Page  377377 was started at the Hopkina. The fbll time is in the Flexner conception of things. I was at the Hopkinrs when, of course, that was going on. After he had left, he expressed indignation that any professor would venture to talk about medicine who didn't have to fight in the arena in the battles with the patients and their families and all that sort of thing. Dr, Welch, however, was thorougtily full the from the start, and Dr, Franklin P. U, profeiser of Anatomy at the Hopkiiur UBI probably ahead ef Dr, %lch ia the concept of the Dre Osler had left. 1the system. I waa on a carpalittee whioh Dr. Welch had set up to periodically review t.l things in the fall the systr. I can't remenber exactly- the last meeting, but the subtanae of it was that Dr, Welch called us dawn to Hopkins to discuss the full tire syetena and at that tim-and I think renting Yale-the fiall time system y18 not working well for two reasons. One waa that it was ret up on a shoe string financially. these great prefeesors of medicine and surgerJr that couldn't compare with the salaries that they could get elsewhere, or couldn't campare with the Balaries they shollld have to live the kind of life they were supposed to live. Thatwaa as at Yale then8 I waa repre- c It offered salaries to OW thiwe The other thiug bad about the full time system was that theyearly, and maybe they do still to a certain extent, selected young web who were in the beginning of their productive research period a They brought them in to be heads of departments and loaded them so with adminis- tratioa that they couldn't do any aore research. Administration, wg, public relations, faculty cwmittee meetings, caarmsittee meetings all ever the country in connection with edrxcatiod and research foundations are incessant interruptions an people who hare to do ite The full tirw eystetla was really breddng down because ad great promise in research. " I + ke away, or exhau the energies, or the thoughta of the + 1 4

Page  378378 it was ruining the people they thought were juat the right ones to cme into it. Was this true of your experience at Rochester? How did Whipple regard the full time system? He was in favor of it, but again Rochester at the tine thinking; about it, in the 19205, was slaaller, and I donlt bow that the outside calls people were anytblng like whatdeveloped later in the 19308 when more and more organisations had formed and more and more people were asked to be advisers. Welll an example ia the growth of the National hstitutes of Healtho Councils are compesed of teachers everywhere, and every d8y there are meting8 of great length, and mce you get on to one of the88 things, one of these orgoni- satiom, and either do sarethiag helpful, or don't do anything disreputable, ysu're asked to go mn again. It jt builds up, the other day that members of the facnlty must at least sp timeaway from the school to be of aw gomi to tbe school. the Their Nowadays-uell, I read a paper a third of their i4 That's incredible. At Pale then, the full time system wa8 in opratisa only partls. Oh, it war in operation for the heads of departments-surgery, Basdicine, pediatrics, obstetrics, psychiatry, physiology, anatawy, pathology--a1 those, At Rocheater we began to break down the full the Bystem as faras salaries go. We had to for the clinical members. We made what we called the modified full time system which I think is a good lan, and I carried it out at Yale semewhat and much at Cornell in New Pork. a man is allowed in private practicre to collect fees sqwl to hila salary. he gets ten thousand dollars a year, he can make another ten theusando li b The modified full time system sinply is this- = If he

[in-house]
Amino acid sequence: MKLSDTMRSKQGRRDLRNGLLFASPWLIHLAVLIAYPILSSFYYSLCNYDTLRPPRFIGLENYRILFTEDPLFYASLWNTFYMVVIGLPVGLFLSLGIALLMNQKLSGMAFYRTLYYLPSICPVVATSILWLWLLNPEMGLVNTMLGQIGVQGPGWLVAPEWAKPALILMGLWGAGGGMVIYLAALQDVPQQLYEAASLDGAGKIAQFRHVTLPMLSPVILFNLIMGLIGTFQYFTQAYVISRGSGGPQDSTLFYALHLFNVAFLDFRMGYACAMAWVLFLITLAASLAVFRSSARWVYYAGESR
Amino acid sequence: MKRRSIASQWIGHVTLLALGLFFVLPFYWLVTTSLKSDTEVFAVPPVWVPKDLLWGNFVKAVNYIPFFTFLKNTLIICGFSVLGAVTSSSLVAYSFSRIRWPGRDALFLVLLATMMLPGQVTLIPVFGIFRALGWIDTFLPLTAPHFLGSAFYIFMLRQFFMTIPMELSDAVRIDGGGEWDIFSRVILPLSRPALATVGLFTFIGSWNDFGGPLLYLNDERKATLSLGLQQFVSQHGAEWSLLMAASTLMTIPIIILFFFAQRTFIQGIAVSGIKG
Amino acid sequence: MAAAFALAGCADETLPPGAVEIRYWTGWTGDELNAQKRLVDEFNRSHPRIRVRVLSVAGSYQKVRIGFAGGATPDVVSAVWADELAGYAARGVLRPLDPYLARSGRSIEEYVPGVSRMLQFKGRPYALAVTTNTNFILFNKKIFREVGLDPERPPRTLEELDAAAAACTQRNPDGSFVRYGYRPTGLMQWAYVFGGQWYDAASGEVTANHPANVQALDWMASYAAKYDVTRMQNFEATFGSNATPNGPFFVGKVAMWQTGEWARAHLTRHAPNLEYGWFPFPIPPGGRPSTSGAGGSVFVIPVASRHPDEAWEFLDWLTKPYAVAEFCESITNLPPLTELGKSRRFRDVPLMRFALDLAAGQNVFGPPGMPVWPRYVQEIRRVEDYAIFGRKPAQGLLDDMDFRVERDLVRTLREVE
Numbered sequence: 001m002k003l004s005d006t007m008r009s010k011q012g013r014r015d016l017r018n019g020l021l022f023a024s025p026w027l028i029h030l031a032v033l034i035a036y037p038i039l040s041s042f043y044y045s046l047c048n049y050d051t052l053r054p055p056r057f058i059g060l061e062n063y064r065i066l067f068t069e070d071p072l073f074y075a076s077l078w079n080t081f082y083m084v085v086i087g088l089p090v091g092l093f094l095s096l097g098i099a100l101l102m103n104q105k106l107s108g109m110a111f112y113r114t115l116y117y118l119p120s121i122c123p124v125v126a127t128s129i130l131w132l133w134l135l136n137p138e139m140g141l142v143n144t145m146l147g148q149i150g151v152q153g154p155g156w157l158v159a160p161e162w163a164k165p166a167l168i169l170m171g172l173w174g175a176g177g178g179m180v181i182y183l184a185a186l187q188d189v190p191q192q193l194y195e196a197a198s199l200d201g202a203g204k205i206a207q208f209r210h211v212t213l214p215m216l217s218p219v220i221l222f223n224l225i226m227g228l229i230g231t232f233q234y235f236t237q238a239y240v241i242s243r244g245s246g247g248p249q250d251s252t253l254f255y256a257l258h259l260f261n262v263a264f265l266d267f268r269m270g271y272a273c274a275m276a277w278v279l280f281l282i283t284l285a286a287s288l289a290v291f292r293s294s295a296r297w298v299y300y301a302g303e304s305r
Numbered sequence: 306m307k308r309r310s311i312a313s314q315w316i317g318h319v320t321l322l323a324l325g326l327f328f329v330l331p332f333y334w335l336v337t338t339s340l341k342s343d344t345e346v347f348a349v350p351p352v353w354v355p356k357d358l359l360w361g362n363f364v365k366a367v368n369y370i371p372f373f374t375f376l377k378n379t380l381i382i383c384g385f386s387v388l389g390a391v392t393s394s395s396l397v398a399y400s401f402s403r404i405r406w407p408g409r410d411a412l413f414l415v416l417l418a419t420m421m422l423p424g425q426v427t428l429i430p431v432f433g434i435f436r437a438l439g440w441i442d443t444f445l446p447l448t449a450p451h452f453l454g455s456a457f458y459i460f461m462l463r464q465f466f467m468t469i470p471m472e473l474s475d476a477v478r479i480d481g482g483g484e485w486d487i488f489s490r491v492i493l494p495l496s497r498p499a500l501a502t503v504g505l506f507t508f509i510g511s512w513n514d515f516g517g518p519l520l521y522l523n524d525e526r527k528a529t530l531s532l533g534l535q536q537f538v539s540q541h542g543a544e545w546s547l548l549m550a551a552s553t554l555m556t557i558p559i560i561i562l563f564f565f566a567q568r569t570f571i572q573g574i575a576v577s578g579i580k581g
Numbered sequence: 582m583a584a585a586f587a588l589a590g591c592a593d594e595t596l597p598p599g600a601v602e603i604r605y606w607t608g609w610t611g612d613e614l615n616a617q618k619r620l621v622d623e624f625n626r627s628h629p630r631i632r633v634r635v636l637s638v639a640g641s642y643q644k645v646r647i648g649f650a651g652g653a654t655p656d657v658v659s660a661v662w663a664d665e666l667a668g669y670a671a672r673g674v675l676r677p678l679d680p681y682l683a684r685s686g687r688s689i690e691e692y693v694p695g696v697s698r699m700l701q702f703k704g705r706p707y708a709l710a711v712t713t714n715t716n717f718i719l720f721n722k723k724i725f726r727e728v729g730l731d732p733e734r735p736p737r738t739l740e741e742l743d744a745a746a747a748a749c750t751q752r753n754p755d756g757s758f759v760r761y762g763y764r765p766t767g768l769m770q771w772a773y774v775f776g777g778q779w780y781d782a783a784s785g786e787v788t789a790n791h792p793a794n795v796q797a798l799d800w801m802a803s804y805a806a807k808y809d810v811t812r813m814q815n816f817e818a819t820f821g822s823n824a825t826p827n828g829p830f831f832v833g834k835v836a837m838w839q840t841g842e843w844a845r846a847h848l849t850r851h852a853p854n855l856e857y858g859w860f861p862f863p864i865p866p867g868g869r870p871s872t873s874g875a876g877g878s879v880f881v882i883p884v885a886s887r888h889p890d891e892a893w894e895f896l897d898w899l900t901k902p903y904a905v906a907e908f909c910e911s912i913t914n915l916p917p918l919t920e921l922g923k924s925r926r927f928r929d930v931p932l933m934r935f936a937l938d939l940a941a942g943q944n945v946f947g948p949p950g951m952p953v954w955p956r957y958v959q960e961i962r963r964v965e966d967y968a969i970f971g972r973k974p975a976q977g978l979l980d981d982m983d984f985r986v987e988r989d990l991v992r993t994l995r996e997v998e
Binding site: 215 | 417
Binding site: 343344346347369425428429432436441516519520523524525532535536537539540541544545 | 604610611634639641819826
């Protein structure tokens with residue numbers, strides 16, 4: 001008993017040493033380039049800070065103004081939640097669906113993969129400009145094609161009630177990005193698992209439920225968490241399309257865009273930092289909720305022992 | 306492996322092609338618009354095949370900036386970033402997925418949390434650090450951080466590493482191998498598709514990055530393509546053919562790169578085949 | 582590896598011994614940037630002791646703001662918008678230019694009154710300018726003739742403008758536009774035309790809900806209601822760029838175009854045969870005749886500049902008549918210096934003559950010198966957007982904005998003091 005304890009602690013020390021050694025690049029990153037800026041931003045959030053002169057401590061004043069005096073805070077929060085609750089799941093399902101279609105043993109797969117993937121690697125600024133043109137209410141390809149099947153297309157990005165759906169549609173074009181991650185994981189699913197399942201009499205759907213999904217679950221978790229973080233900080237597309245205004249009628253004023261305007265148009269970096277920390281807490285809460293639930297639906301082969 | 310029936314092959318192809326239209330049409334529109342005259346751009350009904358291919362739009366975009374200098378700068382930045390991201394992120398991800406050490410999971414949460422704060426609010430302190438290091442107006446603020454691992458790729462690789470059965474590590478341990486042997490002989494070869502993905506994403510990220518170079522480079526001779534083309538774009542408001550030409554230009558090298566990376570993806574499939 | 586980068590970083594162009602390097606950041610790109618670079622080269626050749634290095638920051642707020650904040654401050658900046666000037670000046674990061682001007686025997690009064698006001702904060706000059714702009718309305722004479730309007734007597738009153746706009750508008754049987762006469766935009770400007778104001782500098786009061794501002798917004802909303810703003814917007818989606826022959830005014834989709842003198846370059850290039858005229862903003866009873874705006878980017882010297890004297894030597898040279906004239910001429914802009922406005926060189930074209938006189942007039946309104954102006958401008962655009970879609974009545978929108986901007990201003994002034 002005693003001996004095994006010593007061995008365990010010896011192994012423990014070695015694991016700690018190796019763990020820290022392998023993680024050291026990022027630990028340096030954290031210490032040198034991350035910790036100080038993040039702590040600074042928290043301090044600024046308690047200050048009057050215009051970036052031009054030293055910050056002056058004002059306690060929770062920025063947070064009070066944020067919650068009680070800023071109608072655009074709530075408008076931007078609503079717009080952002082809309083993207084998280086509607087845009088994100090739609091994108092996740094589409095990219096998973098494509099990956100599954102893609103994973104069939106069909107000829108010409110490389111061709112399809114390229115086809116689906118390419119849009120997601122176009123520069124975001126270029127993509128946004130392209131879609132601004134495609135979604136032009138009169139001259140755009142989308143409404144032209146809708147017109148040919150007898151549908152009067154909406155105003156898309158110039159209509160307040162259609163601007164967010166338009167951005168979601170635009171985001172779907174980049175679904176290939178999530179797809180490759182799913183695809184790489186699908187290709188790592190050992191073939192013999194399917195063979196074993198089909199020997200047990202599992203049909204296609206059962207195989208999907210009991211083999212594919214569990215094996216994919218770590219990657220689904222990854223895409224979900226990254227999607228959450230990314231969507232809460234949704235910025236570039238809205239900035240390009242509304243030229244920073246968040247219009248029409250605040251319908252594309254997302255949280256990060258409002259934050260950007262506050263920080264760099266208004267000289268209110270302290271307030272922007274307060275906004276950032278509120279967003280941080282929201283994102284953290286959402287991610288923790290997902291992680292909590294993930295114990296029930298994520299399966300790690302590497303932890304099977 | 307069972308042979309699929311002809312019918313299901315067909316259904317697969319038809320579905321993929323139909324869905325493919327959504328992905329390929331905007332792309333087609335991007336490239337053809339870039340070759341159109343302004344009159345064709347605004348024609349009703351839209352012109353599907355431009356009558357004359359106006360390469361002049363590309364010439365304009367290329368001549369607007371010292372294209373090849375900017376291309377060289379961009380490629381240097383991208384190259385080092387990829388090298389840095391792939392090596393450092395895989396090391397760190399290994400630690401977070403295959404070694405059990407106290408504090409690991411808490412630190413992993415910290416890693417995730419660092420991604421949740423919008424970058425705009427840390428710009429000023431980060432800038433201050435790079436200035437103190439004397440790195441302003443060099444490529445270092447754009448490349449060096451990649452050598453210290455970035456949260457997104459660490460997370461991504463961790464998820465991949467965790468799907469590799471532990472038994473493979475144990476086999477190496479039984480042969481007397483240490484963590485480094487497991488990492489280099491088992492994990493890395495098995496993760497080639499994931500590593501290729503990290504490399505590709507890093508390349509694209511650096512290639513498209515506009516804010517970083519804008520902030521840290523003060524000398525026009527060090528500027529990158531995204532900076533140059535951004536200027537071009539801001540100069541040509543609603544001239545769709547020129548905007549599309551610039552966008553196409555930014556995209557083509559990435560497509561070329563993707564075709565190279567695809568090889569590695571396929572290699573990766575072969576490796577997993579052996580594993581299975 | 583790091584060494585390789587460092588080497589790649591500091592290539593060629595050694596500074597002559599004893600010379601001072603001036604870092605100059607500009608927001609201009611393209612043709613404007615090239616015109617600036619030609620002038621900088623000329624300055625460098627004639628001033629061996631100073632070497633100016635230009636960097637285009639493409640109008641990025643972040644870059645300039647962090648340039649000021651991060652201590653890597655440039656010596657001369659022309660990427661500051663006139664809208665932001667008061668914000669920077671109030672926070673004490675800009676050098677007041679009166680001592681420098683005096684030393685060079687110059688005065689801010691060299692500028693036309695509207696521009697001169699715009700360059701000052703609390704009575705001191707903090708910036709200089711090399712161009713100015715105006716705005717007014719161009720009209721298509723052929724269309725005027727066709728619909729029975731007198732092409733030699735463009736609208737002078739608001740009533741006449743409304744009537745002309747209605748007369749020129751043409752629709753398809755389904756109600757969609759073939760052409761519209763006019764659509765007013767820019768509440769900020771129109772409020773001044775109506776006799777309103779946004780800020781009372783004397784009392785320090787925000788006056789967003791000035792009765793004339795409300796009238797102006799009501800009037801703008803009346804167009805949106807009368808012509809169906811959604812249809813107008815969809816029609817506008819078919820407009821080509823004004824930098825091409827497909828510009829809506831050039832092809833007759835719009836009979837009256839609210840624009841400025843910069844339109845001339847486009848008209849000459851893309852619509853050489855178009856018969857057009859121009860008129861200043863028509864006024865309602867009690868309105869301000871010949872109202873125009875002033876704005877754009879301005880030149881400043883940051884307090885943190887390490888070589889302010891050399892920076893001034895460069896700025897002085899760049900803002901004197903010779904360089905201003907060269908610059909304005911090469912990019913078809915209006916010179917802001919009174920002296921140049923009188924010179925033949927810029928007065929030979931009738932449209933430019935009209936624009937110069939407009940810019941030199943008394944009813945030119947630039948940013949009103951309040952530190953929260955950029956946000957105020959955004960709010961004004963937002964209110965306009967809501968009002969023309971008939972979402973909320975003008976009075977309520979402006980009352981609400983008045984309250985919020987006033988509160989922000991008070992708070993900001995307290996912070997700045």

Page  379319 colleats more than ten thousand, the BOLC~SS over ten thousand goes into some fund. Saae places put that money in a fund to support their departments, some places turn it into the school, and sane places turn it into the university, if the central university manages to get hold of it first. The best plan, I think, is to turn it into a general fhnd for the whole benefit of the schoolo Sam drpartrnents make so much money that they themselves become grantin$ institutions within the school,, I know of a department of surgery that supports a good Qbdy of the departmats of medicine and biochemistry, and other parte of a medical school, but If it's pooled and is under the control of a coplanittee, or scme one person, as it waa in New York, it can be used for the mapplementatien of salarier~, to buy books, to have a research fund for venture imestigations of people who haven't yet reached the stage where they can get money from P foundation, to carry malpractice insurance for the interns and resident~, and a whQlt3 lot of things, I think at Cornell we called it the "f'ull time fees fund", but at Yale when Iwas the Dean there, and I donst remember any particular difficulty with this, Ita mre that professors, 881118 of them, collected money in addition to their salariese By the the you become Dean the ~~~phasis is toward the modified fall tin@ system, Well, you knew, great ohangea take place In the nation a8 a whole in 1929-the 4 collapse, and I wonder what effect this had. bat Winternits certainly felt a kind of retrenchment, even in the midst of re- It nay not have been felt initial% birth, developaent and re-thinkiag, ad it's hard to balance that kind d act- certainly to the satisfaction of everyone. It's impossible. I would think that LI irpeasibilfty woad be part of the ataosphere, hestile or otherwise, to which you fell heir in terms of 1936. Part ef this nation-wide calamity was to spur